In addition to playing the famous governess, Emma Thompson signs the screenplay for “Nanny McPhee”. And writing the script took several years, proving to be much more complicated than expected…
Nanny McPhee : a nanny from hell
Released in 2006, Nanny McPhee is inspired by three books by the novelist Christianna Brand which form a series : Dear Mathilda, Dear Mathilda, go to town and Dear Mathilda at sea baths. The famous British governess changes her name here and becomes Nanny McPhee. Played by Emma Thompson, this nanny arrives without warning in the homes to try to resolve a crisis situation.
In the film directed by Kirk Jones, the disaster concerns the Brown family. After the recent death of his girlfriend, Cedric Brown (Colin Firth) can no longer manage with his seven children, despite the help of his servant Evangeline (Kelly Macdonald). Faced with the deluge of nonsense from the little rascals who enjoy total freedom, unexpected help comes their way.
When Nanny McPhee rings at the door of the house, she explains to Mr. Brown that the children will henceforth have to obey his rules and that she intends to teach them five lessons. Somewhat distraught at the governess’ appearance, he accepts. Very quickly, he observes drastic changes within his home.
Angela Lansbury, Thomas Brodie-Sangster, Eliza Bennett, Imelda Staunton and Derek Jacobi complete the cast of this family comedy tinged with magic. Entertainment for which Emma Thompson also signs the script, which was not easy to write.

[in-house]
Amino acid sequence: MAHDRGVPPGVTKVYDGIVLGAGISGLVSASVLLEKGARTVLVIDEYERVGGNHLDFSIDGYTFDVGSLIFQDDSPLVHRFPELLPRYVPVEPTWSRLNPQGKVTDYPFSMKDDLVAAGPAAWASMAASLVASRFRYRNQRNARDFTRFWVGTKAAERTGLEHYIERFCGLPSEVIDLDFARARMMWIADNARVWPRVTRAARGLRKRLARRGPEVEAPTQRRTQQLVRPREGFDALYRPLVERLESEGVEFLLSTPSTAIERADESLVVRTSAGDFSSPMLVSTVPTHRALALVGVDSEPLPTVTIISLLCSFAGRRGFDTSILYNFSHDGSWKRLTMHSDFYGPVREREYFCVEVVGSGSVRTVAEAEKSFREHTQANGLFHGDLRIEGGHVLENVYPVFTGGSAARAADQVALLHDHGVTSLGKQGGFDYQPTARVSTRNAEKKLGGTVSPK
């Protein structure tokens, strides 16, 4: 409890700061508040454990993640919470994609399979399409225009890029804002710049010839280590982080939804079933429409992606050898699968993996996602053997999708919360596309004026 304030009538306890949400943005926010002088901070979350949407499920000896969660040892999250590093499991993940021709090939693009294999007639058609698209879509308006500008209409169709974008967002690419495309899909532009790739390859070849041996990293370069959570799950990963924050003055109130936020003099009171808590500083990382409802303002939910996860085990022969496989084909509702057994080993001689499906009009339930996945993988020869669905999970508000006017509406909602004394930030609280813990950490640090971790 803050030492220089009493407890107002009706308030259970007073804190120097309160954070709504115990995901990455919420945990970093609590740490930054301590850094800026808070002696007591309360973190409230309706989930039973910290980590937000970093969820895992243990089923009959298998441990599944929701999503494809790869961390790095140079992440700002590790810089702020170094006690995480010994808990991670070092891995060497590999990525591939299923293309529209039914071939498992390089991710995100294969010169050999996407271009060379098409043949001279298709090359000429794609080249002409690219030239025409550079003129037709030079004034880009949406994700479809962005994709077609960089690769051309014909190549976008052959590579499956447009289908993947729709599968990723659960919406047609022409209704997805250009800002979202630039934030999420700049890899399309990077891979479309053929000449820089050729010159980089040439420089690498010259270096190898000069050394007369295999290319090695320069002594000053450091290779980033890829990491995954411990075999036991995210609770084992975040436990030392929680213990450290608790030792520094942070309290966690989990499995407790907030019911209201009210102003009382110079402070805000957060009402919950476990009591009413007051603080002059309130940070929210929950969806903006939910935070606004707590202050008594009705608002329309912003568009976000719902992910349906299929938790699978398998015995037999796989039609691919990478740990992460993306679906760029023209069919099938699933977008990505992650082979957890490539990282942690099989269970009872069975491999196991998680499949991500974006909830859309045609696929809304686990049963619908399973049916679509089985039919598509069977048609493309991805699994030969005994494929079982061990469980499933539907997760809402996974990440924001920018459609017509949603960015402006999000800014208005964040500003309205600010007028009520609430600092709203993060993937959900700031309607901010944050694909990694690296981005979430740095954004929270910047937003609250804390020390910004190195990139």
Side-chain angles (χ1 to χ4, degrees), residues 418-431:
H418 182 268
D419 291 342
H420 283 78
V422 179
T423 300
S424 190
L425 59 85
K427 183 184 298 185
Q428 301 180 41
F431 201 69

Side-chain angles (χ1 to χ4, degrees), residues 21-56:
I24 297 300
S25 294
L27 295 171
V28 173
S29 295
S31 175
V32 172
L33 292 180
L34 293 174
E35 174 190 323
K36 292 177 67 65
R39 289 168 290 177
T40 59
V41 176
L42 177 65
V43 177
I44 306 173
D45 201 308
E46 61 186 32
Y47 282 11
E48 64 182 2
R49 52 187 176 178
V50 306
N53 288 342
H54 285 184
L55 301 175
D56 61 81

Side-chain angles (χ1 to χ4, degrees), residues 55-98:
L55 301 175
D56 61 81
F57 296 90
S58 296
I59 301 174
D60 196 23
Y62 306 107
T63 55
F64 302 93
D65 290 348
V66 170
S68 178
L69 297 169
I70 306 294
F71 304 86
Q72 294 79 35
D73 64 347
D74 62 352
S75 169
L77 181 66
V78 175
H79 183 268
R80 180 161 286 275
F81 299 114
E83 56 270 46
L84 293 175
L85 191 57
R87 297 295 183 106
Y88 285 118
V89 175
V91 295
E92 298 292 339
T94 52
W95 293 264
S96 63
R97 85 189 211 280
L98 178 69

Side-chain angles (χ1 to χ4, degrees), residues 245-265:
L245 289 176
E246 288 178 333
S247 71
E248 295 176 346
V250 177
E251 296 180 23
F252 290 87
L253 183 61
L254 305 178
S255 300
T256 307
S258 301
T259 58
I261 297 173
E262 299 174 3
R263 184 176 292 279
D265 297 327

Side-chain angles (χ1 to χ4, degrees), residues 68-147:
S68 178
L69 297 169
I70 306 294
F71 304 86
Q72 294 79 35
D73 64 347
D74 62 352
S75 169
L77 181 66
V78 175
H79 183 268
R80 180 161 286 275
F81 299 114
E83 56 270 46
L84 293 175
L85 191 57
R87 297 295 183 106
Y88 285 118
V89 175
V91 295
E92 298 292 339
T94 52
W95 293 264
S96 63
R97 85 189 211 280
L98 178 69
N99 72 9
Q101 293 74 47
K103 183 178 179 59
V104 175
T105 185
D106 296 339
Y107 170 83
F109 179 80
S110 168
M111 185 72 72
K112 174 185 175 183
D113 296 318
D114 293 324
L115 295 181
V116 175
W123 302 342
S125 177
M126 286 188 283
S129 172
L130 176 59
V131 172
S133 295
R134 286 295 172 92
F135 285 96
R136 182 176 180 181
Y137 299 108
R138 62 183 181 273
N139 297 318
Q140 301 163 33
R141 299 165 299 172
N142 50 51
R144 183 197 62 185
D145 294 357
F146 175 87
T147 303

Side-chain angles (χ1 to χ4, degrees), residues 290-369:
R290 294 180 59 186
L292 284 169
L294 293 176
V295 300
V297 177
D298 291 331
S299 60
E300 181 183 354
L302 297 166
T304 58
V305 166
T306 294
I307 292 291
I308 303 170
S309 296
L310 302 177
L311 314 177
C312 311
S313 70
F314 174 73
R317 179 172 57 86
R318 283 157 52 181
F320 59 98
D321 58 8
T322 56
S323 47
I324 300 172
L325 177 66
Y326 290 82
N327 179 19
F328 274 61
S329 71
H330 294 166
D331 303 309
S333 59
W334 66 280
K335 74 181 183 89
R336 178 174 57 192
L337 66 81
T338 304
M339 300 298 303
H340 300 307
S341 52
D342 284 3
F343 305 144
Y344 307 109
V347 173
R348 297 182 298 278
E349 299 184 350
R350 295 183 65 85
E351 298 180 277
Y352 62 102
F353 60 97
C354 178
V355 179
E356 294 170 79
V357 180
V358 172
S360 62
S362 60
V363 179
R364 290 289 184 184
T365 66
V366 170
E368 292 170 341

Emma Thompson had to find the right tone
The actress is not at her first experience as a screenwriter with Nanny McPhee. In 1996, she won Oscar for Best Adapted Screenplay reason and feelings, in which she gives the reply to Kate Winslet, Alan Rickman and Hugh Grant. A year later, in 1997, she decided to work on a screen transposition of the series Matilda alongside producer Lindsay Doran, with whom she has already collaborated on Dead Again and sentimental drama from Jane Austen’s book.
Yes Nanny McPhee takes so long to see the light of day, it is partly because the writing process proves to be particularly complicated for Emma Thompson. During the promotion of the feature film, she entrusts to the site ChristianAnswers.net :
This scenario was much more complicated than that of reason and feelings. I started writing it nine years ago because I wanted to write something accessible to everyone. I knew it was going to be really hard. I thought it might be easier to adapt a children’s book than to adapt reason and feelings, but it was not. (…)
Trying to find the right tone, something that the kids will really get something out of and the adults won’t bore, is the hardest thing I’ve ever done and probably ever will. I think the central and underlying story is similar to that of The Man of the Lost Valleys. It is a situation of complete chaos in which all authority figures have failed and can do nothing – in which the stranger arrives. (…) I was thinking about it when I realized how similar it was to The melody of happiness and Mary Poppins.
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Nanny McPhee: Why did Emma Thompson have a hard time writing the screenplay? – CineSeries